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Last Updated: Tuesday, 3 May, 2005, 19:25 GMT 20:25 UK
Historical diaries to go online
William Bulkeley's diaries held at the University of Wales, Bangor
The diaries have until now only been read by academics
A thousand handwritten pages of two diaries showing rural life in Anglesey in the mid 18th Century are to be made available worldwide on the internet.

The University of Wales, Bangor, has won a 6,500 grant to place the diaries of island gentleman William Bulkeley on the world-wide web.

In his diaries, Bulkeley charts everything from the weather to his daughter's marriage to a pirate.

The university's archivist said they were a great source of social history.

William Bulkeley's two diaries have been in the possession of the university for some time and used by academics there.

The diaries cover a 26-year period of day-to-day life for Mr Bulkeley, who lived at Brynddu, Llanfechell, on Anglesey, from 1734 to 1760, each daily entry starting with the weather and the direction of the wind.

May 8, 1734: Today I set out to Beaumaris to attend the county election which begins tomorrow....{as expected} Lord Bulkeley had been chosen without opposition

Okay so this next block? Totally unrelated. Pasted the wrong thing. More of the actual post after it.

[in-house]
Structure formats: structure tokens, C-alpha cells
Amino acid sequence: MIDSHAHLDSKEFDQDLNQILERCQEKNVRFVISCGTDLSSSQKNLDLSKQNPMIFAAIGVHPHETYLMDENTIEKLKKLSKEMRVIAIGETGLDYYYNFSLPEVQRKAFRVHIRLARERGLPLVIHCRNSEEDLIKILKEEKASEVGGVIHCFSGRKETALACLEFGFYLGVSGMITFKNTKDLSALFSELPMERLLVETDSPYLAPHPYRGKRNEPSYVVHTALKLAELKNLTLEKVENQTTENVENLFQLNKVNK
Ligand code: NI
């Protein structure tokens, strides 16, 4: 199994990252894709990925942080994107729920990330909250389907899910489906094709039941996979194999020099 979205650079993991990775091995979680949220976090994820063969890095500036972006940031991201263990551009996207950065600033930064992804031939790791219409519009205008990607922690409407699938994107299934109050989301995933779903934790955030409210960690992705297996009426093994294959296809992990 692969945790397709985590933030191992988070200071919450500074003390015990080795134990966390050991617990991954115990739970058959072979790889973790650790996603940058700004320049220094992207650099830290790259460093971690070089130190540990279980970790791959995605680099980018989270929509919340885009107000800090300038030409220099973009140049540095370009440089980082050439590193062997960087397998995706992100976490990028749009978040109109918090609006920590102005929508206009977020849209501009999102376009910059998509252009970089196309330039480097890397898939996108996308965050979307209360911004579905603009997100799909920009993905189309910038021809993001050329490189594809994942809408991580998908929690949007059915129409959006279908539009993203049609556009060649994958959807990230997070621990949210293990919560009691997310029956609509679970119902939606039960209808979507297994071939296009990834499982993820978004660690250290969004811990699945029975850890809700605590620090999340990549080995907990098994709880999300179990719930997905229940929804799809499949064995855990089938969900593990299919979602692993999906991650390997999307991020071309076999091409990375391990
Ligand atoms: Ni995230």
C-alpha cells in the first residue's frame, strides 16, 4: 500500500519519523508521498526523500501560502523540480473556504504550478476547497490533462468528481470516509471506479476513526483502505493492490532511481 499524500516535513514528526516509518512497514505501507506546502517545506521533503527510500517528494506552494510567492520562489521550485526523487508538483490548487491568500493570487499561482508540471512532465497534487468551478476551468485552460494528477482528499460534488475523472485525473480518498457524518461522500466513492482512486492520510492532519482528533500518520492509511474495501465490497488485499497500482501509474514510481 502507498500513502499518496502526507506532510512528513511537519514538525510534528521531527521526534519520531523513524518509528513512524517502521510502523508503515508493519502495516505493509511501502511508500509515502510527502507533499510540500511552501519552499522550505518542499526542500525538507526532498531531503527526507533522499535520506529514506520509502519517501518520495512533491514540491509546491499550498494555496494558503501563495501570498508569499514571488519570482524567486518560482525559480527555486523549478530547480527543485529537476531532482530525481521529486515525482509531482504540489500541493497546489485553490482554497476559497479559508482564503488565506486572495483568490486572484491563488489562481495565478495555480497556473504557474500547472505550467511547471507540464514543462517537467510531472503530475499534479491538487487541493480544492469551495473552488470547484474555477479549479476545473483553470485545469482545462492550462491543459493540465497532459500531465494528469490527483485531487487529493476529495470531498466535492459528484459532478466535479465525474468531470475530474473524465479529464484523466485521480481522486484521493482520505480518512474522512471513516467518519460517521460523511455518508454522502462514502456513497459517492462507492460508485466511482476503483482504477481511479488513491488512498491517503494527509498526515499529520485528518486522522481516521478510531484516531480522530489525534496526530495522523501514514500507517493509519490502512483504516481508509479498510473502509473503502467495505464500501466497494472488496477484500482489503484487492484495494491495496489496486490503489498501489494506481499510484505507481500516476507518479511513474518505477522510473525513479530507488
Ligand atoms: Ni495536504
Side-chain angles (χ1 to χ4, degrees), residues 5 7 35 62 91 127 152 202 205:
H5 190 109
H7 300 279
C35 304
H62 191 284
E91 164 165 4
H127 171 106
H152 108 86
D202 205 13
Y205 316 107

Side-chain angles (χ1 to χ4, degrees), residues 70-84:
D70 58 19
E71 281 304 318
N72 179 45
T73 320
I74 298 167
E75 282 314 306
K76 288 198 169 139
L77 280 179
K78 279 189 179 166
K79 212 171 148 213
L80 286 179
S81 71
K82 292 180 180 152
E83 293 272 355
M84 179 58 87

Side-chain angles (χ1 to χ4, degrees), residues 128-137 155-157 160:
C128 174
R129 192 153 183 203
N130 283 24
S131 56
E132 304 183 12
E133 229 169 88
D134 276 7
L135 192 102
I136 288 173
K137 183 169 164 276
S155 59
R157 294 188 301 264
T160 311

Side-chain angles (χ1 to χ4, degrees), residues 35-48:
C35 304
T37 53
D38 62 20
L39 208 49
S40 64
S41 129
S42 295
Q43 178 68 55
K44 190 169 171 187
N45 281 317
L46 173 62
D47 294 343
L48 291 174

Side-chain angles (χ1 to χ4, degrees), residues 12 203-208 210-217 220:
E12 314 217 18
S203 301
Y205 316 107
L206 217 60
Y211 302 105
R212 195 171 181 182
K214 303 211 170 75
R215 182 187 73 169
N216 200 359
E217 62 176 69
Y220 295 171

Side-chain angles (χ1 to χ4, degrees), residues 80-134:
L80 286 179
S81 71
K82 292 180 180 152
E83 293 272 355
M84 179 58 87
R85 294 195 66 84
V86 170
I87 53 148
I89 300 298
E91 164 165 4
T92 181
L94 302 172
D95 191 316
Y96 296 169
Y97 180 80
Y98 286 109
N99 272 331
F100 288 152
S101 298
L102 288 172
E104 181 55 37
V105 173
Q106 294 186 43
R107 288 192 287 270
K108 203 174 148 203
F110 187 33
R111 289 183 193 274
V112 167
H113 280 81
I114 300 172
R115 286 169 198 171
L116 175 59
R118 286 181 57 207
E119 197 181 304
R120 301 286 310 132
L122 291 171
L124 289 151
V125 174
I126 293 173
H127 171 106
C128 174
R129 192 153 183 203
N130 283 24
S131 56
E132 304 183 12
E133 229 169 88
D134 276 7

Entry from William Bulkeley's diary

"It's an interesting picture of rural Anglesey in the mid 18th Century," said the university's archivist Einion Thomas.

"He describes going to Beaumaris to the court of sessions and how much drink he consumed there," Mr Thomas added.

"And he described in 1741 that Martin, who was a judge there, was 'extremely drunk and unable to carry on with the court case'."

The diaries also record Mr Bulkeley's daily farming practices and the troublesome marriage of his daughter to a distiller, who later turned out to be a pirate.

Historical importance

"The old man was not pleased that she married the pirate," explained Mr Thomas.

"Anyway, he gave his blessing in the end and she went to live with him.

"It's a very sad story because he died in Italy and she had to make her way home to Anglesey and to her father once more.

Mr Thomas said the diaries were of great historical importance.

"If you're doing research into a mid 18th Century rural area of north Wales I don't think you can do anything without looking at these diaries," he said.

The university has received the grant for the project from Cymal ( Museums and Archives Wales). It will digitise the diaries with the help of the National Library of Wales in Aberystwyth and it is hoped the diaries will be on the web by next April.

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